Liu Tsung-Yuan has long been acknowledged as one of the most accomplished prose writers of the T’ang Dynasty. However, his excellent poetry was set aside for a time in China—largely because, relative to his prose, he wrote little of it—and it has been wildly under-translated into English. Fortunately, renowned translator Red Pine, the pseudonym of Bill Porter, altered his plans for retirement after happening upon Liu’s poems. Written in Exile: The Poetry of Liu Tsung-Yuan as translated by Red Pine is the type of comprehensive book I wish I would have been assigned in a Literature or even History course as an undergraduate. In the impressive preface, which contextualizes Liu’s poetry for the reader, Red Pine writes, “I began messing around with Liu’s poems—and I never intended to do more than mess. It didn’t take long before I realized I couldn’t stop.” Now I share this sentiment as I read these translations, immersed in the more personal side of Liu, a court official exiled to southern China during the ninth century.
Typically, I wouldn’t focus attention toward the preface of a collection. However, in this case, the introduction is particularly important. Red Pine offers over a dozen pages of contextualizing history, a marriage of researched facts and superb storytelling, an ideal and personable guide. Moreover, he is transparent about his own motivations and perceptions. Of some of the poems he did not include, the translator admits they would have required “more enthusiasm than [he] was likely to muster,” and of other poems he has not “bothered” to translate them because they are “dense as mud and weighted down by endless historical references.” All of this is to say that Red Pine does not have an instinct to fawn over Liu, to idolize him, and this demeanor increases his ethos. He mindfully celebrates the best of Liu’s poetry, poems that deserve careful attention and masterful translations which he offers.
Red Pine was, in part, drawn to Liu’s poetry because of its personal nature. In “Reading Zen Texts in the Morning at Transcendent Master Temple,” the first line––“gargling with well water makes my teeth chatter”––sets the action of the poem into motion with a speaker-centric focus. In the Chinese, the first line is “汲井漱寒齒.” If we break down the line character by character, we begin with the verb to draw (water). The second character is the noun well, which is followed by gargle. If the translation would have been front loaded with the well of water, instead of the action of the speaker, who is “gargling,” the emotional core of the poem would have been misaligned. This poem is about the poet’s experience. Thanks to this astute translation, we can, quite vividly, imagine ourselves in Liu’s shoes, become immersed in his experiences as someone new to life in a monastery.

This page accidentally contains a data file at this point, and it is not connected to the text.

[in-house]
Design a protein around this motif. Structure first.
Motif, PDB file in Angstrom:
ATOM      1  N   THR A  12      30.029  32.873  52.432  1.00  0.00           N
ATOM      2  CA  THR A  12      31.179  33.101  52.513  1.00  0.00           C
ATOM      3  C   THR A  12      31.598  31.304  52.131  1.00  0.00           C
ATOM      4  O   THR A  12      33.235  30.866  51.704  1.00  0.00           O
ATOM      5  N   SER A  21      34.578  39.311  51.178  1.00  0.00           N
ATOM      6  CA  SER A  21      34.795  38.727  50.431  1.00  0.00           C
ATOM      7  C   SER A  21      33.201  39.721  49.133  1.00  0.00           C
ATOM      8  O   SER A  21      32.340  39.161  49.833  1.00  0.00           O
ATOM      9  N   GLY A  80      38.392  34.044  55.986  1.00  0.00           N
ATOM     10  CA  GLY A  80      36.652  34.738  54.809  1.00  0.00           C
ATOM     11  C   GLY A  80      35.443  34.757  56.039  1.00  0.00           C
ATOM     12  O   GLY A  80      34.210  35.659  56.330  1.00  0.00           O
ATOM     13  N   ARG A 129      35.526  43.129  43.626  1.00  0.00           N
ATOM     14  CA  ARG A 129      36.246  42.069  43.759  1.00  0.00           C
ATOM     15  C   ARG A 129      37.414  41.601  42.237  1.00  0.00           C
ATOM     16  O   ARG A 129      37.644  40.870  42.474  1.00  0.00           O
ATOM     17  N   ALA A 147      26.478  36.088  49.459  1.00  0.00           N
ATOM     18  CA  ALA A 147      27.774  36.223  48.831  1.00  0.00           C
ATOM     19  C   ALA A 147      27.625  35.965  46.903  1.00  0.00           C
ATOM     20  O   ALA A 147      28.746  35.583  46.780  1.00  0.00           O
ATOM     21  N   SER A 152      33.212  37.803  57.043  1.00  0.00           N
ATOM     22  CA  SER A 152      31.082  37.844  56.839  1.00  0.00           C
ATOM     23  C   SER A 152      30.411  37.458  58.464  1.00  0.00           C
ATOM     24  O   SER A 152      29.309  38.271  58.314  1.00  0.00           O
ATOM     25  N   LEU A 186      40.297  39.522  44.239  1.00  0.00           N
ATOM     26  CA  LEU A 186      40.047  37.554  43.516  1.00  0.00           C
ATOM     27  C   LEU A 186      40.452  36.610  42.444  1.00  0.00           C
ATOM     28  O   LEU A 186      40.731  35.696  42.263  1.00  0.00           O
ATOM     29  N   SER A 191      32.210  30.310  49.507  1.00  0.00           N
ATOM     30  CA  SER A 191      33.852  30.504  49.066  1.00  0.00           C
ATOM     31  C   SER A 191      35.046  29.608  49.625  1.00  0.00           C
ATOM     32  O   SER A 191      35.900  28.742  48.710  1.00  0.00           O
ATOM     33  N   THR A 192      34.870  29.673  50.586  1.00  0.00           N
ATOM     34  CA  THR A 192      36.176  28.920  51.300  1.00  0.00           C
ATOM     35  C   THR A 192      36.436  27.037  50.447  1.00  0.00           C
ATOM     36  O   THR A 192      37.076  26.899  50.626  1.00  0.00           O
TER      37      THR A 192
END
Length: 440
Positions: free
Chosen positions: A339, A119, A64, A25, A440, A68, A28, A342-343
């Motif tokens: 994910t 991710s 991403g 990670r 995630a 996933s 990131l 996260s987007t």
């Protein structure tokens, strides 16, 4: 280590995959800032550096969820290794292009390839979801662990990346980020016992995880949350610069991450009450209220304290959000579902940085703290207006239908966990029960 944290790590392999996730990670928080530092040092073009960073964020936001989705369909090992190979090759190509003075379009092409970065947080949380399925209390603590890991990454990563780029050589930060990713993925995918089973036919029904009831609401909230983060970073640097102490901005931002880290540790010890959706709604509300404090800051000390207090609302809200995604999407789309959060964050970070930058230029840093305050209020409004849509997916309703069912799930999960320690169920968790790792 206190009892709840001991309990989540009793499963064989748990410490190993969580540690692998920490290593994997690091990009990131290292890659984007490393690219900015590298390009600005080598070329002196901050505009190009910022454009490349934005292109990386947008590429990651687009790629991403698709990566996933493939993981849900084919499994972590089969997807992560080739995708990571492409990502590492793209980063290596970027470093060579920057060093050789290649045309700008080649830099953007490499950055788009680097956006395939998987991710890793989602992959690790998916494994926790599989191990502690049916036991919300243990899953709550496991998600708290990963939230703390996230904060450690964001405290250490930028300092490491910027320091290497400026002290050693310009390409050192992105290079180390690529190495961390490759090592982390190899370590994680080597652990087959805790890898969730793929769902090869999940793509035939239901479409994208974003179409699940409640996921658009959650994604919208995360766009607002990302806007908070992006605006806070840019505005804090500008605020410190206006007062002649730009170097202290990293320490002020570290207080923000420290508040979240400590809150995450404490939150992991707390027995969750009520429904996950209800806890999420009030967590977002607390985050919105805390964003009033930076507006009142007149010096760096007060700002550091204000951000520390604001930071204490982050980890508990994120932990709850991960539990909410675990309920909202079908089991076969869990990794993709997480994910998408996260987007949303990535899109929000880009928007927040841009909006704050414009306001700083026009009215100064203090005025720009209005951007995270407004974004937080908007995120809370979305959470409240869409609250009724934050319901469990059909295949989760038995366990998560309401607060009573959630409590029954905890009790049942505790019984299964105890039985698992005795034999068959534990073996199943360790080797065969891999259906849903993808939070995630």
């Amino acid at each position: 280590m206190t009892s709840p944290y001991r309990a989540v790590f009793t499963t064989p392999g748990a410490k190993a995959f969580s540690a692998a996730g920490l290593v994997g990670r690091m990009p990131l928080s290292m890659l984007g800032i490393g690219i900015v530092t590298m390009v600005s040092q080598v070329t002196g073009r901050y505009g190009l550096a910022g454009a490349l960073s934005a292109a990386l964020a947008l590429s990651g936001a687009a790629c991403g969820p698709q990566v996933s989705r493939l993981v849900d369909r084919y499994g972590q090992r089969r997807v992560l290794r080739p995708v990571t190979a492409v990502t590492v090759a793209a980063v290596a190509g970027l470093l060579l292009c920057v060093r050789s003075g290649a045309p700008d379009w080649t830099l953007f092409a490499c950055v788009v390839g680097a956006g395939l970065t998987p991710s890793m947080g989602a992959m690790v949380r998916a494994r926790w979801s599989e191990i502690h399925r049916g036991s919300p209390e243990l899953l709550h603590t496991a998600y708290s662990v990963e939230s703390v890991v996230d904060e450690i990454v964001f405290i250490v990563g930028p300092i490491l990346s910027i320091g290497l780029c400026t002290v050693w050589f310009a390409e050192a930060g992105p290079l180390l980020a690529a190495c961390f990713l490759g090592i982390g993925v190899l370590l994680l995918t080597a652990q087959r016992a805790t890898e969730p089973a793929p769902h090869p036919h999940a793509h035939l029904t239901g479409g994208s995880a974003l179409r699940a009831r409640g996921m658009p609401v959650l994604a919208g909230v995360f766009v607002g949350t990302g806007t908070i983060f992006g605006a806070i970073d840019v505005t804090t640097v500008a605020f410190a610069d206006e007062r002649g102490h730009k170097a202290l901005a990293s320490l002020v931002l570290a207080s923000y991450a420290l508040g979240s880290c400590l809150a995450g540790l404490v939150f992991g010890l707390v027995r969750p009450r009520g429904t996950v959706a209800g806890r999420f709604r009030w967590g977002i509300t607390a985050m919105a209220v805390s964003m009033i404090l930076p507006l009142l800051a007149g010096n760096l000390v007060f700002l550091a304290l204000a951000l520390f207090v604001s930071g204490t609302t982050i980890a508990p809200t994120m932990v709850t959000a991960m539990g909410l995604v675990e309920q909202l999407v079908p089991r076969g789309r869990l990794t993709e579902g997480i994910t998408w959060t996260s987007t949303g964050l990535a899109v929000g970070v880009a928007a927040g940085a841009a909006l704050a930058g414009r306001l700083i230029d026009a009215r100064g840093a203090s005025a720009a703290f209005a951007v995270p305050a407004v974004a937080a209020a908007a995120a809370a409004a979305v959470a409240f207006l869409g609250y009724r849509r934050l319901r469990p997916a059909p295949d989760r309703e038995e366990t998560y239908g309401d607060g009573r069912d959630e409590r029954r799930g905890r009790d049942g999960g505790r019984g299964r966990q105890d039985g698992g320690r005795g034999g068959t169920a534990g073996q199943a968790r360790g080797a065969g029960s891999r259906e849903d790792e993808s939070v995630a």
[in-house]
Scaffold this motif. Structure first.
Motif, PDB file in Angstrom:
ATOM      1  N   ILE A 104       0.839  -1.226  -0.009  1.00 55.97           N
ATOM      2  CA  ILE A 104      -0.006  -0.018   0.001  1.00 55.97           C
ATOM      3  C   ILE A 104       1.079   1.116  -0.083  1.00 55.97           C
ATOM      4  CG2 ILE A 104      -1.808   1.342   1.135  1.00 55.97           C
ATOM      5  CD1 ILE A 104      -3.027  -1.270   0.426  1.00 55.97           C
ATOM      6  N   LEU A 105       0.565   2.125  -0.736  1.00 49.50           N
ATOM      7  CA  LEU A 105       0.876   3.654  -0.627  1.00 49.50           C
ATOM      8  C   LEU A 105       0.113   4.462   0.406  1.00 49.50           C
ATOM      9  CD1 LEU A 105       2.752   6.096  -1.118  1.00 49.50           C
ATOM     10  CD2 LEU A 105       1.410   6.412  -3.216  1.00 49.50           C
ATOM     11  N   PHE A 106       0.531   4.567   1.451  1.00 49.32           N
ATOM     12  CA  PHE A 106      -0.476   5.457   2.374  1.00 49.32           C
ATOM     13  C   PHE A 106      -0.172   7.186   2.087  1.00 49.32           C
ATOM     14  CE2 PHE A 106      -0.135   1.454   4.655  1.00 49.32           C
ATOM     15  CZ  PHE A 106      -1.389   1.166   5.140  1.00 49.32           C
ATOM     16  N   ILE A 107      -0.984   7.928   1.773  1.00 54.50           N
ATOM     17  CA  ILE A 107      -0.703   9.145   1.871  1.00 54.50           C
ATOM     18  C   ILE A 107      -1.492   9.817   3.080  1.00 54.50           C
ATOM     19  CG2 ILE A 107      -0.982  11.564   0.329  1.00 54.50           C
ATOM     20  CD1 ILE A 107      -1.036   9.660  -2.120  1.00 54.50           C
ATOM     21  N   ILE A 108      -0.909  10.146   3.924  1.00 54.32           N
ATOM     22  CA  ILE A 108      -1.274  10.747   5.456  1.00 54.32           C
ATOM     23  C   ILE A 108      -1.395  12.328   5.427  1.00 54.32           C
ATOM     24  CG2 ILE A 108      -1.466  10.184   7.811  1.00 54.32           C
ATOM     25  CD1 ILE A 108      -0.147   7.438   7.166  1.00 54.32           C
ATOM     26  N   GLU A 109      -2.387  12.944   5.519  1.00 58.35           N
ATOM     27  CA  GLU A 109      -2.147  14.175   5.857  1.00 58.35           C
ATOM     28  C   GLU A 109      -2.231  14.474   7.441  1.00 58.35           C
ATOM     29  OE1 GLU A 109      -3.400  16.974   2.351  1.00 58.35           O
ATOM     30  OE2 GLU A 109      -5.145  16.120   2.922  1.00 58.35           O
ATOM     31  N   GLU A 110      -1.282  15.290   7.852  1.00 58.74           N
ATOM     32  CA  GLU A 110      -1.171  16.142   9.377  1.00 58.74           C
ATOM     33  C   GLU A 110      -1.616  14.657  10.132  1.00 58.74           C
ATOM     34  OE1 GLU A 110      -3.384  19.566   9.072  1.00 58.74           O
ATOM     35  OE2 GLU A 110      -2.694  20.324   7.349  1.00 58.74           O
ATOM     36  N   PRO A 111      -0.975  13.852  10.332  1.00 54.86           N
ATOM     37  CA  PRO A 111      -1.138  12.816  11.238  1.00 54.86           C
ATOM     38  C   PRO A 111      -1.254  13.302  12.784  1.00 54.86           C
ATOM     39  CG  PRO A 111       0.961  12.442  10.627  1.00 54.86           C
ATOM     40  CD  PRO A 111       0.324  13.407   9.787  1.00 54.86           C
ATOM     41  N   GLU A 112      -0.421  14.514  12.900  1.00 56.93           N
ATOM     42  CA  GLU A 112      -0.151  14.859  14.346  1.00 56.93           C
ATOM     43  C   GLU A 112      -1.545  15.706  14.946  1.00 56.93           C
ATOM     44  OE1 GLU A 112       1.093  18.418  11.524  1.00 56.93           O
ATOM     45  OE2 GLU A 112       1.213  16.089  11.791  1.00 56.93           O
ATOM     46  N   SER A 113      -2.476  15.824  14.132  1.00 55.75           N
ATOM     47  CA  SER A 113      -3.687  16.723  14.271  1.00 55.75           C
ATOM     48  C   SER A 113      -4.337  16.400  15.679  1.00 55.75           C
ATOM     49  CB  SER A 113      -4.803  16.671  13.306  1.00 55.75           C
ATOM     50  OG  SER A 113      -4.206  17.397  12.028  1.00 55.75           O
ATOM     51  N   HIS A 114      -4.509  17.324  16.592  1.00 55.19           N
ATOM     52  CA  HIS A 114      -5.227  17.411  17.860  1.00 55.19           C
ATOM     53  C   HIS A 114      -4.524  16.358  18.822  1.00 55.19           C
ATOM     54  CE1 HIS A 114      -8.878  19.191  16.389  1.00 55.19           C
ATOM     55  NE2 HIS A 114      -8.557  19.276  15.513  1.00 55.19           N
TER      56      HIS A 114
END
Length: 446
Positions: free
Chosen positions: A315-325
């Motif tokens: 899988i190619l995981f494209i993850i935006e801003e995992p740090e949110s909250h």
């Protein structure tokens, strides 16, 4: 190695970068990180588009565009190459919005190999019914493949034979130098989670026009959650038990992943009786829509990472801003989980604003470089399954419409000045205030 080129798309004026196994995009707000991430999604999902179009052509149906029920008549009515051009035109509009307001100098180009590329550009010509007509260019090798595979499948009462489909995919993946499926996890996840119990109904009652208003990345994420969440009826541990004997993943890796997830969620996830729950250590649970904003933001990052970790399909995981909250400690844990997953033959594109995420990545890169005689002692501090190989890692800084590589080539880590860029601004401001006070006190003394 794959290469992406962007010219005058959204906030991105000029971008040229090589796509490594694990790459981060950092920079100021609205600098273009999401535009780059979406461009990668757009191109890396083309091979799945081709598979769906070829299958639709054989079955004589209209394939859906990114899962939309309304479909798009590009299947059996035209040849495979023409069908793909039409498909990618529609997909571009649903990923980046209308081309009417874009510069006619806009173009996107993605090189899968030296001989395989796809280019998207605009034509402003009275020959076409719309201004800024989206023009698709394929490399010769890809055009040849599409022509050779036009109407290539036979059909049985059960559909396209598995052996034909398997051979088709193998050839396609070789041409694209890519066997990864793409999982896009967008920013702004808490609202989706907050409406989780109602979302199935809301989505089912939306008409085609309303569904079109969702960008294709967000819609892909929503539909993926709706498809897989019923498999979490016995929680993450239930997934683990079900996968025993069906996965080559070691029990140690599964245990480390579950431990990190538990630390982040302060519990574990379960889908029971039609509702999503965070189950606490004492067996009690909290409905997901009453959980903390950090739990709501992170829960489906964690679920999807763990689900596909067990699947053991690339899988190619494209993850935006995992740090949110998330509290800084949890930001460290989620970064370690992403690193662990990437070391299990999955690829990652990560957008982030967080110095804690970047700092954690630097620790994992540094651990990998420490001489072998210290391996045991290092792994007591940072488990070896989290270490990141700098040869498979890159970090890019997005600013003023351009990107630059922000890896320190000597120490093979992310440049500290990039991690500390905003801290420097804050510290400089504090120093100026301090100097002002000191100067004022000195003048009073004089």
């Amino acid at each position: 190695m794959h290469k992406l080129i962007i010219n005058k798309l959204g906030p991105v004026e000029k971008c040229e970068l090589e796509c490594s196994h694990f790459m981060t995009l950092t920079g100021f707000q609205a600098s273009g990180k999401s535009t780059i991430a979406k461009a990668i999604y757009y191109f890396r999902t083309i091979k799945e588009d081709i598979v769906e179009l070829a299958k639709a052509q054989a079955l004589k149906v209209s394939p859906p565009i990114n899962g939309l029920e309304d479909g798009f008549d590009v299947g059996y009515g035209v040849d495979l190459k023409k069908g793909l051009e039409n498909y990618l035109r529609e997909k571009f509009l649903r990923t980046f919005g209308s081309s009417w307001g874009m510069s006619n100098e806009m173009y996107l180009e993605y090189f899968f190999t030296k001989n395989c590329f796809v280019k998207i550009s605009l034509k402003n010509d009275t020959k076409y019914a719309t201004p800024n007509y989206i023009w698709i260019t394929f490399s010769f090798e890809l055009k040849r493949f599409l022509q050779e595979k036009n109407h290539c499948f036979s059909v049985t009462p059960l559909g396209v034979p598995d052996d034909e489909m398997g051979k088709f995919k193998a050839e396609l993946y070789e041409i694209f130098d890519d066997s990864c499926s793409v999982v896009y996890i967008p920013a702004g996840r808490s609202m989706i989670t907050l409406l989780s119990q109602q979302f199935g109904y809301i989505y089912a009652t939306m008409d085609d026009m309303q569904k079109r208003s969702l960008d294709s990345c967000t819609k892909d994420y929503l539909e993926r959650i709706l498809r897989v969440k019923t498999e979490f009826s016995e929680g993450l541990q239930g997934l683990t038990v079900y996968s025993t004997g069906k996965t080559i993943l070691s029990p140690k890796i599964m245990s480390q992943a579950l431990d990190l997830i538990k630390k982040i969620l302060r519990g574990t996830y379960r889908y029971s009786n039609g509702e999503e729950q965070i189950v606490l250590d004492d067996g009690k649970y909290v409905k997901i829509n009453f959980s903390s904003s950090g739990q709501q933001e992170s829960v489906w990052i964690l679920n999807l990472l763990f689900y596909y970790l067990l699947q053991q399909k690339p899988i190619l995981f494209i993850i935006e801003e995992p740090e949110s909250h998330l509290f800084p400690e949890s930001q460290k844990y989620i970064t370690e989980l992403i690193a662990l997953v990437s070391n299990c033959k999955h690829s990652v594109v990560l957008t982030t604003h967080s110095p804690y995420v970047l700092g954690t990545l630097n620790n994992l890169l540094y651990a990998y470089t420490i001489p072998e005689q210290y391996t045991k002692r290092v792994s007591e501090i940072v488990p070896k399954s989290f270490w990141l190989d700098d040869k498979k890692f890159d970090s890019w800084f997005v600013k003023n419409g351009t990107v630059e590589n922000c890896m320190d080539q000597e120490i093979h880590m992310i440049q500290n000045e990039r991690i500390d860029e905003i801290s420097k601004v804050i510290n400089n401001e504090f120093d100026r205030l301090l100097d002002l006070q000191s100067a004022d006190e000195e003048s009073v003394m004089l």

Also noteworthy is the attention to sound within these translations. For example, in “Waking Up Alone,” Liu writes about how government tasks and, perhaps the rain, keep him from his morning hike. Red Pine translates the second line of the poem as “it was a pitter-patter rainy morning.” The translation of “寥落,” liáo luò, as “pitter-patter” serves, for me, two functions. It mirrors the alliteration of the Chinese, which reminds me of sonic qualities of the rain on a window. Moreover, the connotation of small feet, evoked via the phrase “pitter-patter,” juxtaposed with the title, “Waking Up Alone,” heightens the sense of solitude.
In over 200 pages of poems, there are only a few rare moments when I find myself taken out of the poetry due to diction or syntax. And even in those instances, such as the word “diaphanous” in the opening poem, “On Seeing the Painting Festive Clouds at the Examination,” the words seem true to the original, and they align with the texture of the piece. (The opening poem, for example, also includes “felicitations” and “auspicious.”) Most likely, it is only my preference, or fuller adoration, for the more personal poems with more casual language that paints my experience. Moreover, Red Pine has included Liu’s poems in chronological order, and it is fascinating to see the progression of this T’ang Dynasty poet’s style and voice throughout his life. A book to be read widely, Written in Exile: The Poetry of Liu Tsung-Yuan is a collection to be studied in the classroom or enjoyed by the fireside as an impressively executed curation of literature in translation.
Heather Lang-Cassera is Clark County, Nevada’s 2019-2021 Poet Laureate. She holds an MFA in Poetry with a Certificate in Literary Translation. Lang-Cassera serves as World Literature Editor and book reviewer for The Literary Review, Faculty Advisor for 300 Days of Sun, and Editor-in-Chief for Tolsun Books.